Scientologists Ask Federal Government to Restrict Right to Repair

A group representing L. Ron Hubbard asked the Copyright Office to alter a repair exemption that makes it legal to hack Scientology's E-Meter—and lots of other electronics, too.
Scientologists Ask Federal Government to Restrict Right to Repair
Image: Play With Junk. Collage: Jason Koebler

The organization that represents the literary works of Scientology founder L. Ron Hubbard has filed a petition with the Federal Government, asking it to make it illegal to circumvent software locks for the repair of a highly specific set of electronic devices, according to a letter reviewed by 404 Media. The letter doesn’t refer to any single device, but experts say the petition covers Scientology’s “E-Meter,” a “religious artifact” and electronic that is core to Scientology.

Author Services Inc., a group “representing the literary, theatrical, and musical works of L. Ron Hubbard,” told the U.S. Copyright Office that it opposes the renewal of an exemption to Section 1201 of the Digital Millennium Copyright Act that makes it legal for consumers to hack their personal electronics for the purposes of repair.

This exemption to copyright law is needed because many electronics manufacturers put arbitrary software locks, Digital Rights Management systems, or other technological prevention measures that stop consumers from diagnosing or repairing devices unless they are authorized to do so. Special exemptions to copyright law make it legal for farmers to hack past John Deere’s DRM to fix their tractors, consumers to use software tools to help them repair certain parts of game consoles, or use third-party software to circumvent repair locks on printers, air conditioners, laptops, etc.

A photo of the letter. Image: Jason Koebler

Ryland Hawkins, the legal director of Author Services Inc., told the Copyright Office in a letter that it doesn’t oppose this exemption for consumer devices that “are sold in the open market to ordinary consumers,” but that it does oppose the exemption for devices that “can only be purchased and used by someone who possess[es] particular qualifications or has been specifically trained in the use of the device.”

For those devices, Hawkins argues that these license agreements are “negotiated and agreed to in advance of the purchase of the device. Such agreements may impose restrictions on transfer and use of the device itself, as well as restrictions on the use of the controlling software. In many case, [sic] such restrictions are essential to ensuring the safe and proper use of the device, which is essential for the device manufacture [sic] to maintain its reputation and goodwill.”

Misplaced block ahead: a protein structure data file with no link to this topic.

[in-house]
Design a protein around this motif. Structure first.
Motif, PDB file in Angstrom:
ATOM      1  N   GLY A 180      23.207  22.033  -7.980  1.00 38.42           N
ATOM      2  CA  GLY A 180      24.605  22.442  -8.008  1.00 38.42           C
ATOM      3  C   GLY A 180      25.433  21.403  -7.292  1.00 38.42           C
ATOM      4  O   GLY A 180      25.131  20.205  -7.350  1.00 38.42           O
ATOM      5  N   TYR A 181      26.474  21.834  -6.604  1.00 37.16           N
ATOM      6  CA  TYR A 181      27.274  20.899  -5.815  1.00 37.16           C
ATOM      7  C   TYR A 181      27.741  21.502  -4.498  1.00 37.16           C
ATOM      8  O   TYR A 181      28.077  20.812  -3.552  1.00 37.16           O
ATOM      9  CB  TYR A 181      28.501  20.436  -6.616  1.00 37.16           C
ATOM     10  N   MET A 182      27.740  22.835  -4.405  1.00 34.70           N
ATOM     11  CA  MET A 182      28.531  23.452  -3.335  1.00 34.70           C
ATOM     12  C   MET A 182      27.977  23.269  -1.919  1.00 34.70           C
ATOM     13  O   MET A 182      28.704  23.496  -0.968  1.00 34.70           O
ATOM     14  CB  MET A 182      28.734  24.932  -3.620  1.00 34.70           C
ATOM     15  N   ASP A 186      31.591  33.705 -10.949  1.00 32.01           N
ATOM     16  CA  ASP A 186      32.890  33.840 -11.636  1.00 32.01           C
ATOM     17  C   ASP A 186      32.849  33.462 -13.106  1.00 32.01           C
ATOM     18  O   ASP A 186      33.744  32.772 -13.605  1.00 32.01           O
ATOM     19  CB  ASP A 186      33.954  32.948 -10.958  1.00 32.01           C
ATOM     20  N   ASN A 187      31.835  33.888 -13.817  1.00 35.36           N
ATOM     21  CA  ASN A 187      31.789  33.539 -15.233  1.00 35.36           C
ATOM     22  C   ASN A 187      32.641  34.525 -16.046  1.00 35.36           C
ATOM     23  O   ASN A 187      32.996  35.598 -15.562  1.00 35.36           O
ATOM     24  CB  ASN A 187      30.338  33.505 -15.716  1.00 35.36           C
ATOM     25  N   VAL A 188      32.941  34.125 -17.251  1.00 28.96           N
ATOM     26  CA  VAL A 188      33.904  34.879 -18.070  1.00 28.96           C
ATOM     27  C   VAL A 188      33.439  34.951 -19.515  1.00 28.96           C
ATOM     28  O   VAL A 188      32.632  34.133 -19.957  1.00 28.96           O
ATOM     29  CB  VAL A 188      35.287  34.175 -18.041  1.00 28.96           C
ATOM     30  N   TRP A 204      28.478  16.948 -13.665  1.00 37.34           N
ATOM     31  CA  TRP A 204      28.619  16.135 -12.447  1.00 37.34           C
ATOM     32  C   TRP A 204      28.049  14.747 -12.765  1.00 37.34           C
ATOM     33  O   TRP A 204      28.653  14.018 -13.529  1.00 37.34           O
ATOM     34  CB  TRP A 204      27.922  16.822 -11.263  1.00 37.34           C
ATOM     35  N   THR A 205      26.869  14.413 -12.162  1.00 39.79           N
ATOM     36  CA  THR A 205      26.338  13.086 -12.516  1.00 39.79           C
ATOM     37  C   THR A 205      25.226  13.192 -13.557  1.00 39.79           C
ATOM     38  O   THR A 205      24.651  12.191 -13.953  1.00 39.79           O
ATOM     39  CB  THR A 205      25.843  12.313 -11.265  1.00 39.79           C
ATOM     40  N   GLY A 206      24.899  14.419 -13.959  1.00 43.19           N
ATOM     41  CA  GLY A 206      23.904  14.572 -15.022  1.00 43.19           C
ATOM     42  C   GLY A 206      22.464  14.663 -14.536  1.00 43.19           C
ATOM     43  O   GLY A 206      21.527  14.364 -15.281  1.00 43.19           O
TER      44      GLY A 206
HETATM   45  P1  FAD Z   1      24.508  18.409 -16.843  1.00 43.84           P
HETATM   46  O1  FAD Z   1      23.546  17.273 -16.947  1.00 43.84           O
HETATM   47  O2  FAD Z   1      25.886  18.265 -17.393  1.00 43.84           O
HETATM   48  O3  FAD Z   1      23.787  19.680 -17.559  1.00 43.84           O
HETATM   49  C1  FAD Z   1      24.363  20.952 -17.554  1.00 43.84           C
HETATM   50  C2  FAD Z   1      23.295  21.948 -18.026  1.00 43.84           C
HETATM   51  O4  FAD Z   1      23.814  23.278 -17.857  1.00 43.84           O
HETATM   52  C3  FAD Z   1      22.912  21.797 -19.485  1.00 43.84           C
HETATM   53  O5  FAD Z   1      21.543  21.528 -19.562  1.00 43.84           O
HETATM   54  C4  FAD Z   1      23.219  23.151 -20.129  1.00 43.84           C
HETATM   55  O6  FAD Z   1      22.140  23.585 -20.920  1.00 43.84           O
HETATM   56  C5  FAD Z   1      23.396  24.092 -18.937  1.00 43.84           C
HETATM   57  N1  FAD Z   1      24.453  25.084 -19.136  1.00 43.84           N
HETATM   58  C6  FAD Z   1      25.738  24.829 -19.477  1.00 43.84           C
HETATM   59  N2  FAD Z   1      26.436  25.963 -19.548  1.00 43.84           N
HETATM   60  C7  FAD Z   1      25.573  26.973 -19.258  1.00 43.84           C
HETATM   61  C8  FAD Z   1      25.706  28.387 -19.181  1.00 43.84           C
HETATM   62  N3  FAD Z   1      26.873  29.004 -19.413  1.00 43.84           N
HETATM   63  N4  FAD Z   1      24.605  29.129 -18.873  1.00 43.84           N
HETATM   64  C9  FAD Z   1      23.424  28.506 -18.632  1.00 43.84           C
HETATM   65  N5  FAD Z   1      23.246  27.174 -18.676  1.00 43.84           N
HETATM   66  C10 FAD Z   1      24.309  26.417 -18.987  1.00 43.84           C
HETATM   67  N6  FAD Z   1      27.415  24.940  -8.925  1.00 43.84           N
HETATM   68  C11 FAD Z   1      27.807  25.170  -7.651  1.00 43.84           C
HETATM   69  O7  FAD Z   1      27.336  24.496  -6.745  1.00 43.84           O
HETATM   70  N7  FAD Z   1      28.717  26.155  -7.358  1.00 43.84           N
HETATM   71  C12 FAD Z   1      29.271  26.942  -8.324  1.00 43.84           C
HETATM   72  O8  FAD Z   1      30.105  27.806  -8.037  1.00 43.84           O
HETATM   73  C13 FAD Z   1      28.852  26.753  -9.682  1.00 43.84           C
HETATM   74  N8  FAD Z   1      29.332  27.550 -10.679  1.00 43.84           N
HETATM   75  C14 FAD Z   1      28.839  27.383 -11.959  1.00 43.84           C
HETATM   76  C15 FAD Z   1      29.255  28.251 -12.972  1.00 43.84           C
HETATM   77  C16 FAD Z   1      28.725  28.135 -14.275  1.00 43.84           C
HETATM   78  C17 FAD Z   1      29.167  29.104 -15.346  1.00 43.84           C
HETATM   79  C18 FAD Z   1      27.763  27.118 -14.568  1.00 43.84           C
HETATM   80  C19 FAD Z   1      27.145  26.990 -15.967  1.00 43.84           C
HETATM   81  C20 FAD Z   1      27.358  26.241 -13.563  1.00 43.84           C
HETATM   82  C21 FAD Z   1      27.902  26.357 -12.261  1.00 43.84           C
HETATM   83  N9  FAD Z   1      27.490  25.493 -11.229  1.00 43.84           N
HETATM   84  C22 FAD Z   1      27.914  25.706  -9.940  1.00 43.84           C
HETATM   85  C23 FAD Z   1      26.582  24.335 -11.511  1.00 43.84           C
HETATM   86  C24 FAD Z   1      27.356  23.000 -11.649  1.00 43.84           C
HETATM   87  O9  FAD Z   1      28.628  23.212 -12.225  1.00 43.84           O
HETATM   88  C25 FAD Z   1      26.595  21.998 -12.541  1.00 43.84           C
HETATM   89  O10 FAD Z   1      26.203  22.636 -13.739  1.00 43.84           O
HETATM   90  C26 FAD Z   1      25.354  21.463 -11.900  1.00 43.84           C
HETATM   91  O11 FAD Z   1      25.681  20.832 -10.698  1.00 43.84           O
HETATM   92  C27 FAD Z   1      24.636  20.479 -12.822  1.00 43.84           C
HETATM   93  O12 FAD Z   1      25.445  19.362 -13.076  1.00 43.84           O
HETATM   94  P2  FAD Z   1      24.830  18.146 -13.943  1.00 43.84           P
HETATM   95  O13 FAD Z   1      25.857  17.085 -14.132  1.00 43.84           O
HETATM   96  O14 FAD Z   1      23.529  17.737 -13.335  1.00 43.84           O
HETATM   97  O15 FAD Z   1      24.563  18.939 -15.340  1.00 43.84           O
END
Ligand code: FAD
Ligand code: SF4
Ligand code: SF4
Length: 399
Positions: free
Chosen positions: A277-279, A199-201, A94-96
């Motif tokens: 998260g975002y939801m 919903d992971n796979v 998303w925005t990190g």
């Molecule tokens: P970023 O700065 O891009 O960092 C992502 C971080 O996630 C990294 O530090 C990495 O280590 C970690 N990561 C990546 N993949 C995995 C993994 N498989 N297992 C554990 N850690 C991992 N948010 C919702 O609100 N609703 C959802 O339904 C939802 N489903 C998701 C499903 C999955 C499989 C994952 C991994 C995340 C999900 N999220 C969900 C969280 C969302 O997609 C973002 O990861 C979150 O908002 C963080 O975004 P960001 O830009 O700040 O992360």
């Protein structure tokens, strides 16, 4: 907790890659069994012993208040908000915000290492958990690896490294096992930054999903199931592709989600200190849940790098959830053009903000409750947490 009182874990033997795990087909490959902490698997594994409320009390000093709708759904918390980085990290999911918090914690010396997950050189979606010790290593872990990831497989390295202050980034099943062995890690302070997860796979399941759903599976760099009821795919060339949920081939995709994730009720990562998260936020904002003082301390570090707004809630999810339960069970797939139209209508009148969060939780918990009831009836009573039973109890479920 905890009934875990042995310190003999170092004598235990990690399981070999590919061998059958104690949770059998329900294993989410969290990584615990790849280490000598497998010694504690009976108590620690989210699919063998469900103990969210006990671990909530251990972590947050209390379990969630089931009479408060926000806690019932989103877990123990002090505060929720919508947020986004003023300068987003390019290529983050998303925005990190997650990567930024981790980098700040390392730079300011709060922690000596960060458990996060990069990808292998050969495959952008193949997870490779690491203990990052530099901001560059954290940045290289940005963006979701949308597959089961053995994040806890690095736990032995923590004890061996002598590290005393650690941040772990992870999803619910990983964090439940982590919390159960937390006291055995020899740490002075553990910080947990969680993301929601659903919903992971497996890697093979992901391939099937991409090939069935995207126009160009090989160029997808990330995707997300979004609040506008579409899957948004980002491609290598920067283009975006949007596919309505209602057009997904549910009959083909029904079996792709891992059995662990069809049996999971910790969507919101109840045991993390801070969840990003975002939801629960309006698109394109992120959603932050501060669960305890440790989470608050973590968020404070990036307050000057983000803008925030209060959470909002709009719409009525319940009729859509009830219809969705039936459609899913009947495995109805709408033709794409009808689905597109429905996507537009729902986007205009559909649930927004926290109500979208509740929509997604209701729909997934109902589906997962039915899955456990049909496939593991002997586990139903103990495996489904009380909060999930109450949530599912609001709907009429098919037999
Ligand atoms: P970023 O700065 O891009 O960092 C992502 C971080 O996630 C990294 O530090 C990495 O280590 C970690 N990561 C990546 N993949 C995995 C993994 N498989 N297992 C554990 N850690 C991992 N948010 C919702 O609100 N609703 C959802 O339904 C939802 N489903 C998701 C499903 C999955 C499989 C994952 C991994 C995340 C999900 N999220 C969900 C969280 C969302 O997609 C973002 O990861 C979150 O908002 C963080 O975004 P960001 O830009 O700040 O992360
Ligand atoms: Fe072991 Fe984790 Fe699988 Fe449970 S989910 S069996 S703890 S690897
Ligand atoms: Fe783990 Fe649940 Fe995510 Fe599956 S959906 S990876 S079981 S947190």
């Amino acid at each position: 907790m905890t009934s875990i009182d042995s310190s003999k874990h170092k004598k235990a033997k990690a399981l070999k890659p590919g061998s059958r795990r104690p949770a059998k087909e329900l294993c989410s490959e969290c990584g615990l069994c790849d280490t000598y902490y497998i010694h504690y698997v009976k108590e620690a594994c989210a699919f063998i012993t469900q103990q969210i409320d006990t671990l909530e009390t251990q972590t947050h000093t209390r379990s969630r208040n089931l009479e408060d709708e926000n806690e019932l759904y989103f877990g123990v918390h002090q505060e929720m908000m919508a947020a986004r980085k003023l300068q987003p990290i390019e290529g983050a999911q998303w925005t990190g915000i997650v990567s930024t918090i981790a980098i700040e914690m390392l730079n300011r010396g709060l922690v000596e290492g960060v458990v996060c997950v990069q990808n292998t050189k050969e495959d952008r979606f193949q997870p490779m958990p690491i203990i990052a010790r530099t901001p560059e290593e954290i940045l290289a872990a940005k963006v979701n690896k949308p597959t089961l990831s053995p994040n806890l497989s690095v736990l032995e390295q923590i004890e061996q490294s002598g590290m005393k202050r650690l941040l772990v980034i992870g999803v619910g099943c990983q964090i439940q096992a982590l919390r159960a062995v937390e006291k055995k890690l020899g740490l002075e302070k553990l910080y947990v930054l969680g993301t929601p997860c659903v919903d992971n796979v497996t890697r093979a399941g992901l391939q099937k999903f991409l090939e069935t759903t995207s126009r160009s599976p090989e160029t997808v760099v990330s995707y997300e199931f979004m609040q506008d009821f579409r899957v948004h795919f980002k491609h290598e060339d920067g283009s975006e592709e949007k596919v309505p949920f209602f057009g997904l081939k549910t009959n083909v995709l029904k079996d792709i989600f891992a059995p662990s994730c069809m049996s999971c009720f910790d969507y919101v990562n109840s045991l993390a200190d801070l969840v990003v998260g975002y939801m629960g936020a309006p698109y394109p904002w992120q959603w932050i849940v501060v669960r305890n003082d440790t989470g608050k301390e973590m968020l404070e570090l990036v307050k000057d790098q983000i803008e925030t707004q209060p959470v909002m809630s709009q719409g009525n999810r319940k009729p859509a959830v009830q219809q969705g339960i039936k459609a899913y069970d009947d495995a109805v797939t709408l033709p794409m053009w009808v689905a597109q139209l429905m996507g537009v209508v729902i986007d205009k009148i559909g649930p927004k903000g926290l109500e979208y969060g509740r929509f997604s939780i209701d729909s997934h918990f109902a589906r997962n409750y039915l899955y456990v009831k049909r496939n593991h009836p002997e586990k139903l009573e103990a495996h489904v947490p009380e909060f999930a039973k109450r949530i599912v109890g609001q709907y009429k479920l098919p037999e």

Meredith Rose, DMCA expert and senior policy council at consumer rights group Public Knowledge, told me “this is by far the strangest party I’ve ever seen file with the Copyright Office.”

“I read it as being related to E-Meters and E-Meter repair,” Rose added. “There’s YouTube channels of people who collect E-Meters and ephemera. I guess they’re worried about people trying to repair them. How you would tell if it’s functioning properly, I don’t know.”

They Did EULA to an E-Meter

The petition doesn’t name any specific device. But the Church of Scientology uses a “religious artifact” it calls an “electropsychometer” or “E-Meter” to “measure the spiritual state or change of state of a person” and is used in the course of “auditing,” which in the religion is the process in which a pathway to higher spiritual awareness is created. The Church of Scientology says only specific Scientologists should use the E-Meter, which can cost thousands of dollars (though there are less expensive ones on eBay).

After much searching, I was able to find at least some details about the licensing agreement for Hubbard Electrometer Manufacturing’s Mark Ultra VIII E-Meter, namely that it has one: “The Mark Ultra VIII E-Meter Updater software is required to register or update your meter,” a site for the device says.

I downloaded the updater software and wasn’t able to do anything without a specific login or registration, which requires a “Registration Code” and an “International Association of Scientologists Membership Number.” A user flow at the top of the software updater includes sections for “Your Information,” “Covenant,” “Software Agreement,” and “Register E-Meter.”

The language Hawkins uses in his letter to the copyright office closely matches the types of stipulations Scientology requires of members who buy and use an E-Meter, according to a Software License Agreement and “Purchase Agreement and Covenant of Religious Use” for the “Hubbard Professional Mark Ultra VIII E-Meter Pastoral Counseling Device” dated 2013 and published by former Scientology executive turned whistleblower Mike Rinder.

Screengrab from the letter

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